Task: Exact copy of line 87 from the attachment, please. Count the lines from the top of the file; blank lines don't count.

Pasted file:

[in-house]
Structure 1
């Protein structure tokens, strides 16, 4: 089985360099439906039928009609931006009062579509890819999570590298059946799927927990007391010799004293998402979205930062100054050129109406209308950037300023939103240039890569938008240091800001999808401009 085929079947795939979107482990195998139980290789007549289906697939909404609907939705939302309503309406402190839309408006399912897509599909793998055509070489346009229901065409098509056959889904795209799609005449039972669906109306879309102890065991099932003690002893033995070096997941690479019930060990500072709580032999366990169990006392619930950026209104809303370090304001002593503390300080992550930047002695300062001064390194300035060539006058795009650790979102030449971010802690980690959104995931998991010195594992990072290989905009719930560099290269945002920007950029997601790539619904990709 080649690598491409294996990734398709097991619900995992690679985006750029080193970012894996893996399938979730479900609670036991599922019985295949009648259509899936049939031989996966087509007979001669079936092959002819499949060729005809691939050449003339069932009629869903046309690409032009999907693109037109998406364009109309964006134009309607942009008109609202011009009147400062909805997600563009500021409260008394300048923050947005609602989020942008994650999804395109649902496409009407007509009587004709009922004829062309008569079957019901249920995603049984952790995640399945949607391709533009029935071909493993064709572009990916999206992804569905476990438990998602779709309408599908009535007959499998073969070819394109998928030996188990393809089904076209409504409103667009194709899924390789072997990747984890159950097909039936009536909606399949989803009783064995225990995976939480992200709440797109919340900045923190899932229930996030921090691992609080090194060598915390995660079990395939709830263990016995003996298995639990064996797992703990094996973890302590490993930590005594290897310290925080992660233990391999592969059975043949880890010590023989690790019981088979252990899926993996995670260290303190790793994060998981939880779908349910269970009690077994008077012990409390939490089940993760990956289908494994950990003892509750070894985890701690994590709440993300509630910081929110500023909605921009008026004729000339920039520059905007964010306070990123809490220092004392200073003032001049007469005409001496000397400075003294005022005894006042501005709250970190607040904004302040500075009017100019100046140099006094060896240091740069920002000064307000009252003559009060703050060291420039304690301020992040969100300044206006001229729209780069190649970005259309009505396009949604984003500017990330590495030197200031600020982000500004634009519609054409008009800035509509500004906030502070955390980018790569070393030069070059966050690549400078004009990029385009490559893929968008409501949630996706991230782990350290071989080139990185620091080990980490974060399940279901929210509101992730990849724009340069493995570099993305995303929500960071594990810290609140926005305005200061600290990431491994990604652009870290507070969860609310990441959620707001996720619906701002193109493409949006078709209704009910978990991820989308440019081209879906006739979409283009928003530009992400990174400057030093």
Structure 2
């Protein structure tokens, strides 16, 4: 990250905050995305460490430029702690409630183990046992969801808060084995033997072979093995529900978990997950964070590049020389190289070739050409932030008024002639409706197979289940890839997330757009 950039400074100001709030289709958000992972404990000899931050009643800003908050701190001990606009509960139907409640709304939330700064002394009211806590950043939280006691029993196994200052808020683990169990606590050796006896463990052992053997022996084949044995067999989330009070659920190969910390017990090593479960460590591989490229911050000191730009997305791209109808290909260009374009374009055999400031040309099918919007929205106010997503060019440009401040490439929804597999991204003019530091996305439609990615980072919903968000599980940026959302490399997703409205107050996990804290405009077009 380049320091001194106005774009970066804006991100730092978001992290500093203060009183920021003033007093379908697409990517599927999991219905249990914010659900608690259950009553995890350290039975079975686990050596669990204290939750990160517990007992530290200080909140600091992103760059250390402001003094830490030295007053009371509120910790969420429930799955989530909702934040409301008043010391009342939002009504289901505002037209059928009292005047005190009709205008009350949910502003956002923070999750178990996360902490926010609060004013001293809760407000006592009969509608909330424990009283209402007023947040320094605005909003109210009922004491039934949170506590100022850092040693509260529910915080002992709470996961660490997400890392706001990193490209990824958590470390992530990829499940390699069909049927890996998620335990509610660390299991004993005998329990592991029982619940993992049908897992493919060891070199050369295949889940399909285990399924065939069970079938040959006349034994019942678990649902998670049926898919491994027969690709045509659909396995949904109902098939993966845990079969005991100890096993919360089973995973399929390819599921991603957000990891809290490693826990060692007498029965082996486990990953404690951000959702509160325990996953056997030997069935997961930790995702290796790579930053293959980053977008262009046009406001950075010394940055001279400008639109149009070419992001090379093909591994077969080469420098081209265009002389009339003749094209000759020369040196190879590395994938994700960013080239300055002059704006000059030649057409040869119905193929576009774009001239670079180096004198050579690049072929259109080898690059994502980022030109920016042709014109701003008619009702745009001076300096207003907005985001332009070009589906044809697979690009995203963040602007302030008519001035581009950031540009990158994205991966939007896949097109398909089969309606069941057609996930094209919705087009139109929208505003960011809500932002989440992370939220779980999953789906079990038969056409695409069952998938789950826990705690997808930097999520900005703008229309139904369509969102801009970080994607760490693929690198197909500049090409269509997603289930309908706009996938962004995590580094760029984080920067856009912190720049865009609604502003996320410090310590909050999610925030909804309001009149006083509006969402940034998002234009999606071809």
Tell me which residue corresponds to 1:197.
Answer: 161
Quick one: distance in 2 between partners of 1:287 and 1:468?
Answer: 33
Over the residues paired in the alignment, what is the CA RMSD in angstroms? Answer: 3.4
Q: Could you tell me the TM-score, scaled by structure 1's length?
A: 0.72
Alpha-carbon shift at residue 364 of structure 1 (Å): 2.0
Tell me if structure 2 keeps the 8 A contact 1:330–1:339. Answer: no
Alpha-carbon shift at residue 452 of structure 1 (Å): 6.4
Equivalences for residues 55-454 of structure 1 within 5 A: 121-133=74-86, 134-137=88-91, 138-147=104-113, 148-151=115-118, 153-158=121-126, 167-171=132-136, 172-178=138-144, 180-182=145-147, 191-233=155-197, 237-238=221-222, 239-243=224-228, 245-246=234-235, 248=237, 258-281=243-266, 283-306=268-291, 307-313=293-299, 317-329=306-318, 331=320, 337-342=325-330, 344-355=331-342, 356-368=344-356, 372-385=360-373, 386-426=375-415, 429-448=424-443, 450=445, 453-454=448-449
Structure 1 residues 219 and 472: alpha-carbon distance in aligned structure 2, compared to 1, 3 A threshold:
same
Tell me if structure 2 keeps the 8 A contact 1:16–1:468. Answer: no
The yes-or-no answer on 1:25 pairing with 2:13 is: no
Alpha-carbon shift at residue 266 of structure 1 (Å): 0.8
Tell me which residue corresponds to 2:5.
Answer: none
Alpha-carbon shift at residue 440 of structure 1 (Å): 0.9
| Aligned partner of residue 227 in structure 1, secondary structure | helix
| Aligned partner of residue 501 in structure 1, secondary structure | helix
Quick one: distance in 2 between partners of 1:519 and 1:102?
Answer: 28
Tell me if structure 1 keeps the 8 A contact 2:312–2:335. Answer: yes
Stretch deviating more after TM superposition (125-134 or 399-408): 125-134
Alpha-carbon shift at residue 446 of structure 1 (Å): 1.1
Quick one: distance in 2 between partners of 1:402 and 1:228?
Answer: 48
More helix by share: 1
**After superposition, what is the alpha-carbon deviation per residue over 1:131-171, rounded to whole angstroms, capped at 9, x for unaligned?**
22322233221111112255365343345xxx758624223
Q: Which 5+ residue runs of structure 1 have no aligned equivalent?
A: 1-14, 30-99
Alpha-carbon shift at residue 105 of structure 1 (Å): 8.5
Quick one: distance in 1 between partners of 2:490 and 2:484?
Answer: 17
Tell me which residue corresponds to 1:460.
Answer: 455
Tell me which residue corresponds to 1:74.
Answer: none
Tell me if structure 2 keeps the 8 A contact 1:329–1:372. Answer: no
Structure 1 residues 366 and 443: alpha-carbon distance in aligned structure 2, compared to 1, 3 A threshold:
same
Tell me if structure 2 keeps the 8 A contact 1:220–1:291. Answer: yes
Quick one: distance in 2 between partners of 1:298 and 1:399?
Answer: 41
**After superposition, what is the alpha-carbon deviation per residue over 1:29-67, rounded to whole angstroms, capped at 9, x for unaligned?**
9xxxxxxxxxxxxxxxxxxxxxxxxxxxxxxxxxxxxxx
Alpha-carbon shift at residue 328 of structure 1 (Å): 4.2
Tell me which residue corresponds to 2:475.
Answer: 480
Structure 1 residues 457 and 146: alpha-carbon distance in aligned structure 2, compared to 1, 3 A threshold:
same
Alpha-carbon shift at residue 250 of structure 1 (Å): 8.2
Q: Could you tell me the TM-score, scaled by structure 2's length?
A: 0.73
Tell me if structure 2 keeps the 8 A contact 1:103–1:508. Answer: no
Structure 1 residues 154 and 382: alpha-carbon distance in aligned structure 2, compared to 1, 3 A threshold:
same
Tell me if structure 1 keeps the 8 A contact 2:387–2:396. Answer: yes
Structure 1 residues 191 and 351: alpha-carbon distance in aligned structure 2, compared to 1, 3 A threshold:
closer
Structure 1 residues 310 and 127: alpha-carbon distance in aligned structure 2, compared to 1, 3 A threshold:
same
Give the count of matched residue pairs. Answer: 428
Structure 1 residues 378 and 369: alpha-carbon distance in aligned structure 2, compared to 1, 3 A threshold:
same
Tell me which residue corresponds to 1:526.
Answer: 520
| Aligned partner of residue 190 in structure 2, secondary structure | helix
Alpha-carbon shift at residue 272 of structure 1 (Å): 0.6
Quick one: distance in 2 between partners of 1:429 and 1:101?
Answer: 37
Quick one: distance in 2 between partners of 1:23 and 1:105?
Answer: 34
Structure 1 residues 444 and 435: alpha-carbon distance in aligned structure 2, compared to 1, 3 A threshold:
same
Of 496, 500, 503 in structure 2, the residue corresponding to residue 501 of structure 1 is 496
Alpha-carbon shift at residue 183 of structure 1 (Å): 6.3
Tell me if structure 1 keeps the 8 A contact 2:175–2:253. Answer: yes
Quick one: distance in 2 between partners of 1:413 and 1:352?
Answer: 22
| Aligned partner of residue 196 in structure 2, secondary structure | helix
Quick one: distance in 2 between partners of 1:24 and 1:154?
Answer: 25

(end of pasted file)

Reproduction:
Answer: 22